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Secret Invasion failed to deliver at an uncertain time for Marvel Studios

Less existential threat, more "this summer's pointless punch-em-up"

Secret Invasion
Image credit: Marvel Studios

Spoilers for the ending of Secret Invasion below!

Secret Invasion
Image credit: Marvel Studios

Disney+’s Secret Invasion series is over — we told you everything you needed to know about the final episode right here, at least in terms of plot — and it ended with something closer to a whimper than a bang.

If the first episode hinted at a story global in scope with an unknowable, intangible threat, the show’s finale reduced everything down to two villains who could be overpowered by physical force… which arguably tells you everything you need to know about the series as a whole.

If you’re anything like me, you’ll have noticed that Secret Invasion kept shrinking as the show continued. The first two episodes were close to an hour long — 54 minutes and 57 minutes, respectively — but the third was just 43 minutes. The final episode was 37 minutes, down from the previous week’s 38. It feels like a curious metaphor for the series’ seeming dwindling ambition, which appeared to get smaller and smaller with each successive episode, going from a series teased as having repercussions throughout the entire MCU to something that… effectively changed very little by the time the show was over. (There are two primary elements that are likely to be mentioned elsewhere: the death of Maria Hill in the show’s first episode, and the newly xenophobic commentary by the President of the United States in the final episode — and even then, we already know that he won’t be President by the time Thunderbolts comes out.)

Otherwise, it’s hard to shake the feeling that very little actually happened in Secret Invasion. Sure, Gravik’s plan was thwarted, but… it was never really much of a plan in the first place, and it became less of one as the show headed into its final act, going from “let’s kill all the humans and take over the planet” to “let’s you and him fight!” Moreover, the Skrulls en masse end the show in precisely the same place as they were when it started, hoping to find a planet to escape to, away from Earth, where they’re unwelcome and have to disguise their true nature.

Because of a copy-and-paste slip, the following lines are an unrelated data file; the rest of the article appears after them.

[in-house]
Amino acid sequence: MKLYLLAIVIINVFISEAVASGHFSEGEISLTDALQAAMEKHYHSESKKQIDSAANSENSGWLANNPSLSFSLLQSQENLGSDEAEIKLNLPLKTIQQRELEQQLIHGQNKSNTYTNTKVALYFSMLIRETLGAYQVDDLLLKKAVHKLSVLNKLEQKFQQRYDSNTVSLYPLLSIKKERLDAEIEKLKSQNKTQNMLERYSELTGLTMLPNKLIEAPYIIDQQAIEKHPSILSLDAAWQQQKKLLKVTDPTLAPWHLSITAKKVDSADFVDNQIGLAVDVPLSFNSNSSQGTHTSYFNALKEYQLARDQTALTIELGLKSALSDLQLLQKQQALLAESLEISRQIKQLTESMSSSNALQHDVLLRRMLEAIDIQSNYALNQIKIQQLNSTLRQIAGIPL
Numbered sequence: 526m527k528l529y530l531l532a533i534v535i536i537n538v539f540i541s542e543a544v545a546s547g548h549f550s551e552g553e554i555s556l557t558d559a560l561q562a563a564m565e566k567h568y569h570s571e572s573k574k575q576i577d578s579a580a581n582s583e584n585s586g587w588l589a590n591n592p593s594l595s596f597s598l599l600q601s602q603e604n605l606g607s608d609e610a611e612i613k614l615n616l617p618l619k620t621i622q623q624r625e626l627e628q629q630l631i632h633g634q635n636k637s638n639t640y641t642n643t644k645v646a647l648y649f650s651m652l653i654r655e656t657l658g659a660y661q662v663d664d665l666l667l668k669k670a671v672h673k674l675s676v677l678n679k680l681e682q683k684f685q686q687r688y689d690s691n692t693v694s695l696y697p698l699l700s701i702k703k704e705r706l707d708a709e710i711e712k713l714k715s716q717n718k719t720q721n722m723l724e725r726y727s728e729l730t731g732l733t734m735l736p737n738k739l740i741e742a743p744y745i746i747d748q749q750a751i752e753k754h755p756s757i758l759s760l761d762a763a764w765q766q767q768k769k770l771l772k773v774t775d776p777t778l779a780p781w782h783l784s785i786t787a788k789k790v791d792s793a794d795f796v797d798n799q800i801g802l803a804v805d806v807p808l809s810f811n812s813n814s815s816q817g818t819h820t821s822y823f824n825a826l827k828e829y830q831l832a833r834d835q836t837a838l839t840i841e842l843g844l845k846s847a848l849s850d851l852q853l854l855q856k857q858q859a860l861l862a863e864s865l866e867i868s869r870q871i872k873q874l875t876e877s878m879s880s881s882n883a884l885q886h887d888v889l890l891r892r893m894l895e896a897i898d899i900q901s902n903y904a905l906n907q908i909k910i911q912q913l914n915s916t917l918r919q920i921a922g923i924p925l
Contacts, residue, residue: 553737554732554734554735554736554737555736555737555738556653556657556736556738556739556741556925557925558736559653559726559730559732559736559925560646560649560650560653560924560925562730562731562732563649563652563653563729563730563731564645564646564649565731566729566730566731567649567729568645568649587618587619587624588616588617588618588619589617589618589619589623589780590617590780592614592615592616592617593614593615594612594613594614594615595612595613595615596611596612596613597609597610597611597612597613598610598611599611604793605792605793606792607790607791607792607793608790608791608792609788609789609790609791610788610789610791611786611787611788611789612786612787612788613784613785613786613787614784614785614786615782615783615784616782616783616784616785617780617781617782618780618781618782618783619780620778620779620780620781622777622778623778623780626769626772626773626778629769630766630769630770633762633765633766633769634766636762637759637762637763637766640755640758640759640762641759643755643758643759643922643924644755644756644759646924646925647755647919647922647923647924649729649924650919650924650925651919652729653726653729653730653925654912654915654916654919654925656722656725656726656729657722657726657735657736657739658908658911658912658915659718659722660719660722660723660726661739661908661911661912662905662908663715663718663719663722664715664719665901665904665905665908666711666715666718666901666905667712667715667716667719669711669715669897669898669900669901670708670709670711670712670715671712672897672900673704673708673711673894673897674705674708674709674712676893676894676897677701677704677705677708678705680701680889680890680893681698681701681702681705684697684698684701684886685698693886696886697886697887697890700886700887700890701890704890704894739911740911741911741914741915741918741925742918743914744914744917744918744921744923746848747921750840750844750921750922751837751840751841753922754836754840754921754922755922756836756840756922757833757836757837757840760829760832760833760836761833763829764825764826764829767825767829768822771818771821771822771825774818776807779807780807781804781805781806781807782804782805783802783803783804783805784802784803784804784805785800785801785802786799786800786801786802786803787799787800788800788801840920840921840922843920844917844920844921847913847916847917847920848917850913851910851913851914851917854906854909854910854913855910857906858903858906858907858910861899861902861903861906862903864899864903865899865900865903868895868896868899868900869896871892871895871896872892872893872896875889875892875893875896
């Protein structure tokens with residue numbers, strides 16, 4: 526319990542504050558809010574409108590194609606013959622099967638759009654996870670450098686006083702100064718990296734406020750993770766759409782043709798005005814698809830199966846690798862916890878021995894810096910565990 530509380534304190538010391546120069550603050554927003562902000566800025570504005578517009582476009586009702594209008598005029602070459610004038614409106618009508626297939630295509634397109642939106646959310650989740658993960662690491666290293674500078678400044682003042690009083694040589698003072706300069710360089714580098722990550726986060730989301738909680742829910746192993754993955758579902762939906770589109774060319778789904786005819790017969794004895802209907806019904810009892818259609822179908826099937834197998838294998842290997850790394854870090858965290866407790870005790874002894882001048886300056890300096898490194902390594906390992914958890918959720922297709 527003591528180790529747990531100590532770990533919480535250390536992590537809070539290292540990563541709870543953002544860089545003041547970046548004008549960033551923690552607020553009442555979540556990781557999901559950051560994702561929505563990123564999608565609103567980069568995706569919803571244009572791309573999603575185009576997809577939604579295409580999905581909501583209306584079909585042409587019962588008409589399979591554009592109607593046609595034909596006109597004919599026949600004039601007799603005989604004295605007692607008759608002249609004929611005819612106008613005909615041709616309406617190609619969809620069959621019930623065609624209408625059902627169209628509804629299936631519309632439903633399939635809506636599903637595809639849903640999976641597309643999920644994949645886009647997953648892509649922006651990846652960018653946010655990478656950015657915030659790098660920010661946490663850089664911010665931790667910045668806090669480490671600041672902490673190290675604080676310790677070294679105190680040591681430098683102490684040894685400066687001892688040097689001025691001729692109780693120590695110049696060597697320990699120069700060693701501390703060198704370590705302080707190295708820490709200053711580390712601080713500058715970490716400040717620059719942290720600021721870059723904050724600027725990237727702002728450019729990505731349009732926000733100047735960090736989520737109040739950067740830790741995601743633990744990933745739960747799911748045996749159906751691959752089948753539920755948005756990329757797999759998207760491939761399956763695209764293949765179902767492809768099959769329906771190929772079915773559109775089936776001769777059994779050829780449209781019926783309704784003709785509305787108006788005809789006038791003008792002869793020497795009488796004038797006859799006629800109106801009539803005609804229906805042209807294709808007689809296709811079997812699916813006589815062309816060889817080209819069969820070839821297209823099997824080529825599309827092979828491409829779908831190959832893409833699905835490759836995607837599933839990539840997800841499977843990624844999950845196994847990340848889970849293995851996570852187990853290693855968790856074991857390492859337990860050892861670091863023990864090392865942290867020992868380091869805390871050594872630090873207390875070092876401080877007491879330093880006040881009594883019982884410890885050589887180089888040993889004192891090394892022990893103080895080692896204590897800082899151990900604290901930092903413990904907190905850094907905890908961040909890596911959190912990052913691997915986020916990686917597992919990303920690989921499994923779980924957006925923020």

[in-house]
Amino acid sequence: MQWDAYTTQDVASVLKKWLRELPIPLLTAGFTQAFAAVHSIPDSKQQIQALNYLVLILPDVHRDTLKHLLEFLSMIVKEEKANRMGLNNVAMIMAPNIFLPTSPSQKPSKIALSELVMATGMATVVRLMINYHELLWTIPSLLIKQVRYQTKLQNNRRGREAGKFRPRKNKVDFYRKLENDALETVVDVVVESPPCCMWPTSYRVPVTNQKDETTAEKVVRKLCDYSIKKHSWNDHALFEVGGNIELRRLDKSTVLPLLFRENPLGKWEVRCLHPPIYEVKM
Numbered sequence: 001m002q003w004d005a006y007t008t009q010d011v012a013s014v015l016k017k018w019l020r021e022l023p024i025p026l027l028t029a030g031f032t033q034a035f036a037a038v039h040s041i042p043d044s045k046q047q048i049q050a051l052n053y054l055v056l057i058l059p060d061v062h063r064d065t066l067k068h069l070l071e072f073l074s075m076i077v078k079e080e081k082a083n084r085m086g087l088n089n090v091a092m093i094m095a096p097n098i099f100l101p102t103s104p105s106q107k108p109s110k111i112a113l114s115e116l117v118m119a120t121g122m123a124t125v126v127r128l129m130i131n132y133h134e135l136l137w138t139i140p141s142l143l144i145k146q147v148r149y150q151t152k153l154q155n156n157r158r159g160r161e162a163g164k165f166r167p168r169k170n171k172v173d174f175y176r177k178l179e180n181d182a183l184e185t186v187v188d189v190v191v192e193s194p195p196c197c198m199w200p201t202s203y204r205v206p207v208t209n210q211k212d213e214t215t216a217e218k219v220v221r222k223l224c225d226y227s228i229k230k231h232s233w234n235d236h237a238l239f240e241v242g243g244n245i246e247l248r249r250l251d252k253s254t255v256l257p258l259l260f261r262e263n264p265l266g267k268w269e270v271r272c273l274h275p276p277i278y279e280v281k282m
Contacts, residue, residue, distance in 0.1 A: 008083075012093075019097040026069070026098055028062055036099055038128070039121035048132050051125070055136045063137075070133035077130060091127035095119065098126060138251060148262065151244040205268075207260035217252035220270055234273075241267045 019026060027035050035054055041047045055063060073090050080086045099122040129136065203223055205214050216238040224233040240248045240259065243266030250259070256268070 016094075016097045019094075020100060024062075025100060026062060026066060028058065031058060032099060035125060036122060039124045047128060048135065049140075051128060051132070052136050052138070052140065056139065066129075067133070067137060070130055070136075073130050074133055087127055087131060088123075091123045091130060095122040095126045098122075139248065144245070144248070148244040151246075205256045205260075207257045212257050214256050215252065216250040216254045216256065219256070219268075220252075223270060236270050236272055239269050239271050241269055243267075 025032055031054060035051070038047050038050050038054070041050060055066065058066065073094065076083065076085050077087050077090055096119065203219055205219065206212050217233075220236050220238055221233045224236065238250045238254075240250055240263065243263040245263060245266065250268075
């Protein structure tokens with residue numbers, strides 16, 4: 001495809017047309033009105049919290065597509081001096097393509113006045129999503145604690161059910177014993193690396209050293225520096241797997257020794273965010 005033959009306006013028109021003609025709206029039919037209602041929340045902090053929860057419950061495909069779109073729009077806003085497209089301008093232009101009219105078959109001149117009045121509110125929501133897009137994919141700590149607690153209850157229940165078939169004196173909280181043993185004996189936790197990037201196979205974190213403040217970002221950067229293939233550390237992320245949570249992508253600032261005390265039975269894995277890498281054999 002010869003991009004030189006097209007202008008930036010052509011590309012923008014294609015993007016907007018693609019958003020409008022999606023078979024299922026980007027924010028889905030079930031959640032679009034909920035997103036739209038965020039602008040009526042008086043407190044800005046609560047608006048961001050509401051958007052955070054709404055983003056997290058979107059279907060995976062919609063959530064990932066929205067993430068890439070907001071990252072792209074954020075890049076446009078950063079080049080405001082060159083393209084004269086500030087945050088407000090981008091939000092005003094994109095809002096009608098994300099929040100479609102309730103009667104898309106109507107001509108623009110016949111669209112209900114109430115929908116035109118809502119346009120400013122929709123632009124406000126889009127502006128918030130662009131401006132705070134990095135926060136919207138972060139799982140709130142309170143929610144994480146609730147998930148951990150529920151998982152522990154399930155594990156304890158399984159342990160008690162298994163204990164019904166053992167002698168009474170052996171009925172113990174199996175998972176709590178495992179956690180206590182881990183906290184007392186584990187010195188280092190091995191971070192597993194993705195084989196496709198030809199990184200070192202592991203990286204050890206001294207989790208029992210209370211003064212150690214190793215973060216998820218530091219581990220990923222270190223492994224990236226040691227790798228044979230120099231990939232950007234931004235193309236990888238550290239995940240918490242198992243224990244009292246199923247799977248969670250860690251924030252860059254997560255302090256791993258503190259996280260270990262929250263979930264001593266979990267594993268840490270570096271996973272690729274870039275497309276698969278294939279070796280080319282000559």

None of the big Marvel heroes showed up — Nick’s “we have to solve this ourselves” rationale in the last episode doesn’t hold any water, given that he’s dealing with potential world war as the result of alien interference; he might as well have said, “We can’t afford anyone else” for all the good that explanation gave — and by the time the credits rolled on that final episode, with Nick and his retconned wife wandering into the spaceship as everything blurred into insignificance, I found myself actually saying out loud at the television, “Wait, is that it?”

It didn’t help that the final episode, “Home,” also featured some unconvincing special effects as well as genuinely odd direction, framing, and editing choices in its climactic conversation between Gravik and “Nick,” to the point where it looked as if the whole thing has been hastily assembled from incomplete footage. That final episode is, honestly, very strange indeed.

Secret Invasion arrived at an important time for Marvel Studios — Guardians of the Galaxy Vol. 3 impressed critics and fans alike, but that has proven to be an outlier after the relatively tepid response to Ant-Man & The Wasp: Quantumania, and Thor: Love and Thunder last summer. With the theatrical slate getting pushed out because of strike-related delays (and, even before that, The Marvels got pushed a few months), Secret Invasion was perfectly placed to remind fans just why they loved the MCU… but after its six episode run, it might have simply underscored a feeling that Marvel is past its prime.


If nothing else, I guess Secret Invasion did introduce a strange MacGuffin that lets Emilia Clarke be a Super-Skrull

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Graeme McMillan: Popverse Editor Graeme McMillan (he/him) has been writing about comics, culture, and comics culture on the internet for close to two decades at this point, which is terrifying to admit. He completely understands if you have problems understanding his accent.
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